Perhaps the most fascinating part of the article is his account of the “Forest Troop” that he started studying decades ago. Readers of his book will remember the ending, how some males from Forest Troop began aggressively invading the food source of another troop that lived next to the dump of a large tourist lodge not too far away from the author’s study site. Unfortunately, the garbage dump became tainted with bad meat scraps, which caused fatal tuberculosis in the animals that ate them. Sapolsky feared that his entire study group of baboons would also die from the contagious disease.
They didn’t, in fact. In this article, he brings us up to date. While the “Garbage Dump Troop” did all die, their deaths were apparently caused by eating the bad food, not from the contagiousness of the disease. The only members of the Forest Troop that died were the ones that had actually visited the dump and eaten the food too. Hence, the aggressive males from Forest Troop, the ones that had invaded the territory of the Garbage Dump Troop, were doomed, but the rest of the Forest Troop survived without them.
With the aggressive males culled out, the females, the un-aggressive males, and the youngsters were left to rebuild their society. The result is that Forest Troop has become quite peaceful. The hierarchy of remaining baboons is looser than before the die-off, and dominant males rarely harass subordinate males. Aggression against third parties lessened, while rates of affiliative behavior increased.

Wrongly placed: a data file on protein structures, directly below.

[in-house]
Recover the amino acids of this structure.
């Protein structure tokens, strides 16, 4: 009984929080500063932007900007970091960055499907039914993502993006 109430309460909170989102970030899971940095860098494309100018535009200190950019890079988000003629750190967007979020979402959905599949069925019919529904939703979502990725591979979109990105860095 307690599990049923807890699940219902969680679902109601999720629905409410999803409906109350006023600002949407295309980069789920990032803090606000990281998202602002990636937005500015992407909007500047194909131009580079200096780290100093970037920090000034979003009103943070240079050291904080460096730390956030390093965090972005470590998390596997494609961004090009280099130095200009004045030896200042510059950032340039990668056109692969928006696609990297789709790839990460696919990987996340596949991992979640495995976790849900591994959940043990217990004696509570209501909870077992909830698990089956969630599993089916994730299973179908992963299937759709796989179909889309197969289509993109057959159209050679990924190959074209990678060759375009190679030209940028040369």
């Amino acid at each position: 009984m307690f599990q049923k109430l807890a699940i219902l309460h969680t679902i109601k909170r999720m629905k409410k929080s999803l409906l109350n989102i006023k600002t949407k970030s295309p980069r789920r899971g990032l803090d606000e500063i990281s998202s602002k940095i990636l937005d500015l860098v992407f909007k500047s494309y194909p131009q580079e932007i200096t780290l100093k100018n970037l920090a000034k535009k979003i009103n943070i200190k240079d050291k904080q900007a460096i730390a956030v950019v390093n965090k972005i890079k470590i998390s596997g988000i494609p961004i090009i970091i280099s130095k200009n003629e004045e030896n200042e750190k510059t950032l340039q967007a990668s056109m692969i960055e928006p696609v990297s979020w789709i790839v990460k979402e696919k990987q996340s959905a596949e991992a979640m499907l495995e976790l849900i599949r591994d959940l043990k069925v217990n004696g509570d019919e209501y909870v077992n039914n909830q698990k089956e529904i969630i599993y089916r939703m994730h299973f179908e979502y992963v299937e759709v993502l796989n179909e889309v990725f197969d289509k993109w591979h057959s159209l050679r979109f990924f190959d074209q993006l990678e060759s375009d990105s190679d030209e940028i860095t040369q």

The real surprise, to Sapolsky, became apparent years later, after the original baboons in the troop at the time of the die-off had themselves passed away. The culture of peacefulness in the troop remained intact—as it does to the present time. The author describes some significant differences in the social milieu of the Forest Troop compared to other baboon troops.
Adolescent males, which in baboon societies normally leave their birth troops to live with other groups, are usually ignored for a long time after they relocate. In such troops, the dominating males act aggressively toward the very low ranking immigrant juveniles, and the females refrain from displaying any receptiveness toward them.